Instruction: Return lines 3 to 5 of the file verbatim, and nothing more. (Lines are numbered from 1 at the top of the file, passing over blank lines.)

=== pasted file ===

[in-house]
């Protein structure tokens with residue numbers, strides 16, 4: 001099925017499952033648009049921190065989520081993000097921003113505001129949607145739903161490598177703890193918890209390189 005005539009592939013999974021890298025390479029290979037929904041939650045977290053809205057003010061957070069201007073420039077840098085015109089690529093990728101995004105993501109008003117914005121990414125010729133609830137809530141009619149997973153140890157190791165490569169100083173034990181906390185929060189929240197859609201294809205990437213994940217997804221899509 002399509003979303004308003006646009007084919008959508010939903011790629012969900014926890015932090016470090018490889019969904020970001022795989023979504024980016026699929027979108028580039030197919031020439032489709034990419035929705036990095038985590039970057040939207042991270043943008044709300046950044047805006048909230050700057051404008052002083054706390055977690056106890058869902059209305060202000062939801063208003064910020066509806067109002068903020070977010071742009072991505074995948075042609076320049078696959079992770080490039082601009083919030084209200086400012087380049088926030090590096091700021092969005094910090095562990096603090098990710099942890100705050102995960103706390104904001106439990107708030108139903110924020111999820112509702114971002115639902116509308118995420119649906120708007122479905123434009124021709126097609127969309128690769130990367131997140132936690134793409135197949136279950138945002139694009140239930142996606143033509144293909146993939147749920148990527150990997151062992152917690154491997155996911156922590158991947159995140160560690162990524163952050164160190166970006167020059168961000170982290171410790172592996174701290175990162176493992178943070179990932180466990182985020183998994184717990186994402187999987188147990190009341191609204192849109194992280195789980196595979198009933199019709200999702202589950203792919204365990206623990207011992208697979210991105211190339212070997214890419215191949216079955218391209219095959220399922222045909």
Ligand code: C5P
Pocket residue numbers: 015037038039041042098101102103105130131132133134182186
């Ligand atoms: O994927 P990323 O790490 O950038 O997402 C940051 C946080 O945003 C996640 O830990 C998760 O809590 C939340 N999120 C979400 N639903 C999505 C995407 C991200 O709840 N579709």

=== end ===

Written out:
Ligand code: C5P
Pocket residue numbers: 015037038039041042098101102103105130131132133134182186
């Ligand atoms: O994927 P990323 O790490 O950038 O997402 C940051 C946080 O945003 C996640 O830990 C998760 O809590 C939340 N999120 C979400 N639903 C999505 C995407 C991200 O709840 N579709």